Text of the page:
Conjunctions are links: that is what “conjunction” really means. The connection is between (or among) words, phrases or clauses. For example:
- tea and sympathy (words)
- in the city and in the country (phrases)
- She likes country music, and I like rock-n-roll (clauses).
Coordinating conjunctions connect two items of the same status or importance. For this reason, they can be used with words in a series, parallel phrases or two or more independent clauses. The coordinating conjunctions are: “and,” “but,” “or,” “nor,” “for” (in the sense of “because”), “yet” and “so.” By far the majority of instances will employ “and” or “but.”
“Or” is often used with its partner, “Either,” to indicate alternatives among words. “Nor” should be used with “Neither,” to negate those alternatives. It is common to hear (or read) something like: “She was neither friend or foe.“ That should be “neither friend nor foe.”
May you start a sentence with “And” or “But”? Purists will say “no,” because there must be at least two independent clauses in a sentence if the conjunction is to do its job. Others say that there is no prohibition against linking two independent clauses, each of which comprises its own sentence. This is more a question of punctuation than grammar. And starting a sentence with a conjunction can increase the impact of the thought, and enhance its communicative effect. You can adopt the rule that you prefer: professional writers have been doing the same for centuries.
Punctuation with coordinating conjunctions: words and phrases in a series should be offset by commas. The more modern practice is to omit the comma before the last item (sometimes called “the Oxford comma”). Independent clauses are separated by a comma before the conjunction. There is no punctuation immediately after a coordinating conjunction. If the phrase or clauses are internally punctuated with commas, use a semicolon as a separator.
Subordinating conjunctions are used to connect two clauses, when one of them is an independent clause, and the other one is a dependent or subordinate clause. The subordinating conjunction describes the nature of the dependency. The clause not containing the subordinating conjunction should be able to be a complete sentence all by itself, while the clause containing the subordinating conjunction seems incomplete, as it depends upon something outside itself (that is, the independent clause) in order to make sense.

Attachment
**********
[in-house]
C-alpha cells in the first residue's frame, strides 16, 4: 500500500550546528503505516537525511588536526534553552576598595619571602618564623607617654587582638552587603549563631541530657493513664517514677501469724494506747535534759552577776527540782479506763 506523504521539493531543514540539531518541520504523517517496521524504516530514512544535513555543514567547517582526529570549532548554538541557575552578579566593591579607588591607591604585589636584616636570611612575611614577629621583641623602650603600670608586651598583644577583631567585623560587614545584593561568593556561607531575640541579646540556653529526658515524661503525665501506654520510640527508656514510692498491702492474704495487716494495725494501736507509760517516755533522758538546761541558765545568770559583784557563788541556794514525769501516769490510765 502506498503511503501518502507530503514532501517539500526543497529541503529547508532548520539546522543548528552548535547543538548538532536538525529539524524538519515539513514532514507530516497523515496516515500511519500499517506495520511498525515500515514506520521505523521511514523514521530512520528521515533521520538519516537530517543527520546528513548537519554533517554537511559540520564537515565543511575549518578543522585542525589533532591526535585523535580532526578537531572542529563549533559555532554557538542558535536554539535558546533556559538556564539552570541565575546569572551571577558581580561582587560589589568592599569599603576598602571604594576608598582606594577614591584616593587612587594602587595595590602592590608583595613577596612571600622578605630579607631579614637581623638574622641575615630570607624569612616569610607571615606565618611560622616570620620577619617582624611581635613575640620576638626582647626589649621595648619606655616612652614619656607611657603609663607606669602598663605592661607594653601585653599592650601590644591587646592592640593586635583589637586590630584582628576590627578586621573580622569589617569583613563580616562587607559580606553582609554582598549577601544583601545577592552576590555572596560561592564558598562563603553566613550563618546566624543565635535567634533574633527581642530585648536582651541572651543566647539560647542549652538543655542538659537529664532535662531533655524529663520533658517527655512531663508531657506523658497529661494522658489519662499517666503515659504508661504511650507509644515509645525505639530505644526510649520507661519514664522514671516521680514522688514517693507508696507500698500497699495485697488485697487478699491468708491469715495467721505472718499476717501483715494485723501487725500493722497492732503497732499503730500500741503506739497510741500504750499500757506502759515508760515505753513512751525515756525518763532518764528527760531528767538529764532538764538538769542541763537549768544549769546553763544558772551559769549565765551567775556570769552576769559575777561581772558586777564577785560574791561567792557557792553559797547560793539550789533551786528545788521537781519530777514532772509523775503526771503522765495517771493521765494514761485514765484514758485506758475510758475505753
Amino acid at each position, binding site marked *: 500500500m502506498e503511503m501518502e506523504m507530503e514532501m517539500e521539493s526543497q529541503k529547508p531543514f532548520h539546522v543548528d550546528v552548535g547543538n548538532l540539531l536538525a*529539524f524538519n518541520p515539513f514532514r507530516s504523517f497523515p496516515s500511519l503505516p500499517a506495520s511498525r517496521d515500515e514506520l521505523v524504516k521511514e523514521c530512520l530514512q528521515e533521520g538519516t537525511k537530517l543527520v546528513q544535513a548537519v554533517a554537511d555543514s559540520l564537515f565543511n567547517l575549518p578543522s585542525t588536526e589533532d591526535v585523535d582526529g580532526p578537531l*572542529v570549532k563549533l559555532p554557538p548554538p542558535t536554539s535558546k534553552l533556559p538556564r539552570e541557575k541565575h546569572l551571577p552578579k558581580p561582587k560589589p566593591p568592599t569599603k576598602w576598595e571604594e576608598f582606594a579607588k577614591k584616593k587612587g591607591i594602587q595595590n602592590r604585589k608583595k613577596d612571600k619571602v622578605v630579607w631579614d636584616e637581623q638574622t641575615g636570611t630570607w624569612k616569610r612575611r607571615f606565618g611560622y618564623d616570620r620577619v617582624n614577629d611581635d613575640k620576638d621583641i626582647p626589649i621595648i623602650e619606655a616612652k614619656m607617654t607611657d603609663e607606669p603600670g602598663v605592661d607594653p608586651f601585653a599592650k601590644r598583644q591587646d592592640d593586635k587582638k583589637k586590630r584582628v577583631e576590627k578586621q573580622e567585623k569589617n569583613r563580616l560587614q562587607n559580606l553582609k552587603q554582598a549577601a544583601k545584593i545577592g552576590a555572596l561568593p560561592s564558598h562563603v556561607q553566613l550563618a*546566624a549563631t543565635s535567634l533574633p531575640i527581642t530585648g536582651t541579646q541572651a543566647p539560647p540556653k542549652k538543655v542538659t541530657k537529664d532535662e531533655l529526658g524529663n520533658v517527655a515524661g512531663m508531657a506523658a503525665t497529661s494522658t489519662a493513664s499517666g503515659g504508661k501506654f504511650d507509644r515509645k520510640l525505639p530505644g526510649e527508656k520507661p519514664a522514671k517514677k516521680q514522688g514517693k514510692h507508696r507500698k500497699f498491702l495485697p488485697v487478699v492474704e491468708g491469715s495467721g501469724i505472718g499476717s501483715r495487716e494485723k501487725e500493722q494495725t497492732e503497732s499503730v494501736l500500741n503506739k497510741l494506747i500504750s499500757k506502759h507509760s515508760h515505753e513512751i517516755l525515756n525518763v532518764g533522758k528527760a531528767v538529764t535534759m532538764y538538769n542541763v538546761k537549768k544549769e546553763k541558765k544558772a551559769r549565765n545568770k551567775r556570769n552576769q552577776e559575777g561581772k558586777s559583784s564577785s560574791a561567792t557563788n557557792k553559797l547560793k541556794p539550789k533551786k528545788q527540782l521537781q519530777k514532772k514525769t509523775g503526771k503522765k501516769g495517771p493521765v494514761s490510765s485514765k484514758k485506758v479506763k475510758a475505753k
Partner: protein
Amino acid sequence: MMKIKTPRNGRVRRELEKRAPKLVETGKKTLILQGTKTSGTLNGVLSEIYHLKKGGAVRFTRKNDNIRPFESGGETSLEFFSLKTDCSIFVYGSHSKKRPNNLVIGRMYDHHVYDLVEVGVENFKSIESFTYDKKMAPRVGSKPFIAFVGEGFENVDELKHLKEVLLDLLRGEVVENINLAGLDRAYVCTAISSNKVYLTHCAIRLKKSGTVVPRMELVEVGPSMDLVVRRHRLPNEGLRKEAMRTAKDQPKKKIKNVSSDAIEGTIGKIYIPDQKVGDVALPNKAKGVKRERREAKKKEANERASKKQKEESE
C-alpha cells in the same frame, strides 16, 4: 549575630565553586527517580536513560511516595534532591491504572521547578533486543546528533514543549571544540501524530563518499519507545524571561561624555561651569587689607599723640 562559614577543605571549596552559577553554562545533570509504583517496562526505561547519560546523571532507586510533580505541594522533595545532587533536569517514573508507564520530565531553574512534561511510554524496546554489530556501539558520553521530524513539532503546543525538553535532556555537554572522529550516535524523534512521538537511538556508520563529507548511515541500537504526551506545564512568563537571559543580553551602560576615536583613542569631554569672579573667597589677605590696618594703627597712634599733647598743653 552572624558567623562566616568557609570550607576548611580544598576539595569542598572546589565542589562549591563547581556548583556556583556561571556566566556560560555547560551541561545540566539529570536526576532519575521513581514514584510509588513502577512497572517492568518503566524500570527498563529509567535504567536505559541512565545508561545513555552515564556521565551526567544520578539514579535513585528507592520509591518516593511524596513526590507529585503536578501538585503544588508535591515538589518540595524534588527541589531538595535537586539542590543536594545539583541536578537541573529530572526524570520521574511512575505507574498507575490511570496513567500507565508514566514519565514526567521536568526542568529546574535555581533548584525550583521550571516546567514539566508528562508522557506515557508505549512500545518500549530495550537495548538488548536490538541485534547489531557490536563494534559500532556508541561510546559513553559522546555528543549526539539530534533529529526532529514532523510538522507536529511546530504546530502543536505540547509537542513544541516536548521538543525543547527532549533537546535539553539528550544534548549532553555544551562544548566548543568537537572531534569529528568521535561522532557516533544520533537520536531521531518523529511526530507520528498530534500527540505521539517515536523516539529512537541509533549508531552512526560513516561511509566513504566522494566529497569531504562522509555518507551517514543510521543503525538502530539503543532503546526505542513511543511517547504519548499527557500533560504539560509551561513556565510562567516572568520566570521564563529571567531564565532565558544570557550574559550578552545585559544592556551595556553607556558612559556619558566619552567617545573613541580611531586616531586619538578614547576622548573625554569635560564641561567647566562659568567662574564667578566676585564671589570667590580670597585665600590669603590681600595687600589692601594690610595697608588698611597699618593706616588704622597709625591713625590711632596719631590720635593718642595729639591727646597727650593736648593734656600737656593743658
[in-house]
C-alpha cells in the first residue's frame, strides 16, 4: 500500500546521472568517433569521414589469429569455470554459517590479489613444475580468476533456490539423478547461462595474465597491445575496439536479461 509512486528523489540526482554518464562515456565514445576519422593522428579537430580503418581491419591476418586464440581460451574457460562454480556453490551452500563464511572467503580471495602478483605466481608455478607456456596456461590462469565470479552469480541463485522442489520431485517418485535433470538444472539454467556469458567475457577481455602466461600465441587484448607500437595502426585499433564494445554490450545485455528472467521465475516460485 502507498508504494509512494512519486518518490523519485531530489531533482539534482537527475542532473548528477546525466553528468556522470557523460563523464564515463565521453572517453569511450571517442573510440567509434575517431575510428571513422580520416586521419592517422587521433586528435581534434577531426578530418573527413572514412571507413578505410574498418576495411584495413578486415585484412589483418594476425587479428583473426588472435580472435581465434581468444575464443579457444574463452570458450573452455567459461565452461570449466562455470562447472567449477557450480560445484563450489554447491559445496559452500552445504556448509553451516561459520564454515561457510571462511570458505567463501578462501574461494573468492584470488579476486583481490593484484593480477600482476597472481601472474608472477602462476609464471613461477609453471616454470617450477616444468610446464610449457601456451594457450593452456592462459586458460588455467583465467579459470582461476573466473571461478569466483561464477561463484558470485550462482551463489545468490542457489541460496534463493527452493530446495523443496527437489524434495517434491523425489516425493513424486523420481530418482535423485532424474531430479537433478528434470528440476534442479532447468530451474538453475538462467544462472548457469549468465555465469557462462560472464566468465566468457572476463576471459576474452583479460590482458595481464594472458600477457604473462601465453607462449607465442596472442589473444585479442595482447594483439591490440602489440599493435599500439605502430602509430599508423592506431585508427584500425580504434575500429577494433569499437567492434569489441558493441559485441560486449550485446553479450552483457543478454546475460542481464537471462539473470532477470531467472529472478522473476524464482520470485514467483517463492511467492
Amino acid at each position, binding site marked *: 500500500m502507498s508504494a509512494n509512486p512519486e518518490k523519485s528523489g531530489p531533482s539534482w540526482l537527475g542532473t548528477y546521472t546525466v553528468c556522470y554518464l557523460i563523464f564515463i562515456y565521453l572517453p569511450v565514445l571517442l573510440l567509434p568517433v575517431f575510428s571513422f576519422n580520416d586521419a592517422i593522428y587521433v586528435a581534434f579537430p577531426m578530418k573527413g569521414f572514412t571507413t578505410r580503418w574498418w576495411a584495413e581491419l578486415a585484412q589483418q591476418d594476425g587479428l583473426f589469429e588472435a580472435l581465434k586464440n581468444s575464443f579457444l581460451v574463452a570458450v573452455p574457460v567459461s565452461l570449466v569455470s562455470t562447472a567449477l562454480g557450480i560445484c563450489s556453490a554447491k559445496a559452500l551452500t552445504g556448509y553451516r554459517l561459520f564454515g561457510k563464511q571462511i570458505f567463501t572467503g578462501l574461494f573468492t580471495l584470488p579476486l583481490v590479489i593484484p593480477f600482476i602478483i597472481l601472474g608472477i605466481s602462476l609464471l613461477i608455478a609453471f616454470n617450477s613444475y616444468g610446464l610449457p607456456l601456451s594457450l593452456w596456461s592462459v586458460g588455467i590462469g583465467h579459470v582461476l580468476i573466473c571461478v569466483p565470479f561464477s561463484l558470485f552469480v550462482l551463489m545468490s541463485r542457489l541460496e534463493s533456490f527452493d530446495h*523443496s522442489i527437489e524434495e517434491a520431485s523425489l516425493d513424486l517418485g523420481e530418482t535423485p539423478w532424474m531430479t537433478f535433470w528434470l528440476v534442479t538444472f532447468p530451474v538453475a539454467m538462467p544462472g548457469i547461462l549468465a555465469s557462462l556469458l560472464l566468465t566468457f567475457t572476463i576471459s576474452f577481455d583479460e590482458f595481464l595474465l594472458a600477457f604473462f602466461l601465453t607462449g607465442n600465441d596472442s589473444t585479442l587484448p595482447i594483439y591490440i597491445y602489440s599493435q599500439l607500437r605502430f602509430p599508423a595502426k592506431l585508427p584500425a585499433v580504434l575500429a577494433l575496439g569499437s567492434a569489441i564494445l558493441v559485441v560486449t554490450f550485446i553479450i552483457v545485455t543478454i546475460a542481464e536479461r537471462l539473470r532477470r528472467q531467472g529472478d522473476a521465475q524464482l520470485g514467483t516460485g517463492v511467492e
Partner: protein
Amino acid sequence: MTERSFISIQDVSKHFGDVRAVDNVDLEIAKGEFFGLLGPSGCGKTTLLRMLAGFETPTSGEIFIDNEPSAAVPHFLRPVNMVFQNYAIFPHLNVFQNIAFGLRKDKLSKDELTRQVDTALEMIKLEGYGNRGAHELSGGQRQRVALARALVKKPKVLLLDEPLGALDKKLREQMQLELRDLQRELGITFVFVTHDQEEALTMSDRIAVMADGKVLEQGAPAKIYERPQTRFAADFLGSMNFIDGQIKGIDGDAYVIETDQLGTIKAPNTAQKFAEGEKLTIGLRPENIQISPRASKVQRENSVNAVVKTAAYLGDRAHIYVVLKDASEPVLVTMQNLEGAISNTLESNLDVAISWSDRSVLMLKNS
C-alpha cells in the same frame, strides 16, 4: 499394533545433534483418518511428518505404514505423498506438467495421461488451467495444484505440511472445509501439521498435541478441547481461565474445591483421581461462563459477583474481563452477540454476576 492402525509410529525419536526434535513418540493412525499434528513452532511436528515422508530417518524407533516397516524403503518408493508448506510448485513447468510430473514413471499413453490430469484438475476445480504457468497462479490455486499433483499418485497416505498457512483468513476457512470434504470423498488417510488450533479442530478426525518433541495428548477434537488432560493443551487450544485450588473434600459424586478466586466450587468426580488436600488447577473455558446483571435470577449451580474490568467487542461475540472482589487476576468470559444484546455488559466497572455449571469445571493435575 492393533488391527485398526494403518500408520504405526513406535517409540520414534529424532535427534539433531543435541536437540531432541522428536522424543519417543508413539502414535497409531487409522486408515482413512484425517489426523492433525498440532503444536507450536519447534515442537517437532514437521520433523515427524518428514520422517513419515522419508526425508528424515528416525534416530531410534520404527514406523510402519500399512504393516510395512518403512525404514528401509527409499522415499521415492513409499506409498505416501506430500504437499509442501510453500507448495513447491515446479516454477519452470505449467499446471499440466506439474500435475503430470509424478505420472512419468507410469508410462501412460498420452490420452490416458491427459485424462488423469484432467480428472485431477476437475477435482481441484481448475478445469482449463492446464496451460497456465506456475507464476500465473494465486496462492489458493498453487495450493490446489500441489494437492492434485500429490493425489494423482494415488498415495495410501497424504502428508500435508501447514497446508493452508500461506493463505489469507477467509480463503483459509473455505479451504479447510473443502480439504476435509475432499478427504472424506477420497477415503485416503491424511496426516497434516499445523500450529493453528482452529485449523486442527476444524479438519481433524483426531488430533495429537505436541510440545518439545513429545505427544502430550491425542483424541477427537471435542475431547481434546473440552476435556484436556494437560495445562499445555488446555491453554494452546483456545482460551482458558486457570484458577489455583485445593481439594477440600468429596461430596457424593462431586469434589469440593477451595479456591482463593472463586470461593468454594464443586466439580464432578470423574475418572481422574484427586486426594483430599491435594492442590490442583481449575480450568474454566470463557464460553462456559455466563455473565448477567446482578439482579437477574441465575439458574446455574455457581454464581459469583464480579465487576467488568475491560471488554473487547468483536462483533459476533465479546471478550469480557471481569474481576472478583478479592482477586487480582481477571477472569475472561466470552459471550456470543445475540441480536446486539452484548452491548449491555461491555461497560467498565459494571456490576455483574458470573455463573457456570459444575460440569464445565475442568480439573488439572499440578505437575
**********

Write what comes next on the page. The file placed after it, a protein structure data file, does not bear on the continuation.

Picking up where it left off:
There are many such conjunctions. The more common ones are: although, because, however, if, moreover, since, though, unless, whenever, while.
“That” is a subordinating conjunction, too. Much of the time it can be deleted. For example: “He knew that he was in trouble” versus “He knew he was in trouble.” In the second case, the “that” is still there functionally; it is just understood rather than explicit.
Sometimes the order of the clauses in a sentence can be reversed or modified. For example, it is equally correct to say, “Because the weather turned ugly, school recessed early” or “School recessed early because the weather turned ugly.” Some subordinate clauses must follow the independent clause in order to make sense. Try to reverse the order of clauses in this sentence, and you will see the point: “I enjoy western music; however, I can take or leave country music.”
In all events, it is not correct to start a sentence with a subordinating conjunction and then end it without its independent clause. That is a sentence fragment.
Punctuation with subordinating conjunctions: The punctuation for most subordinating conjunctions is the same as for a coordinating conjunction; that is, a comma separates the clauses. This works with “since,” “though,” “although,” “unless,” “while” and a several others. According to some style manuals, “because” does not need to be preceded by a comma. (“He ate because he was hungry.”) For “moreover” and “however,” use a semicolon after the independent clause, then insert the conjunction, followed by a comma. Note that “however” can also be an adverb: “However mean you be to me, I’ll still love you.”
Interjections are utterances without a syntactical role in the sentence. They express emotions, exclamations, protests, greetings or commands. If they are mild, they may be offset by commas. If they are intense, they will be put in a separate sentence and followed by an exclamation point. Here are some examples:
- Oh well, tomorrow is another day.
- Sorry! or Sorry, we’re out of onion rings.
- Excuse me! or Excuse me, can you tell me how to go to Elm Street?
- Hi there!
- Wow! What a sunset!
Interjections are not often used in formal writing. They are more common in speaking and in written dialogue.
From here, you may want to go on to the following pages and posts:
Use the Right Part
Keeping Subjects and Objects in Line
Order Your Nouns by the Case
Prepositional Phrases and Phrasal Verbs
“Everyone” is Singular
“Waiting on” and “Waiting for”
The “Like/As” Problem
Much, Many, Less and Few
“Woe is me!”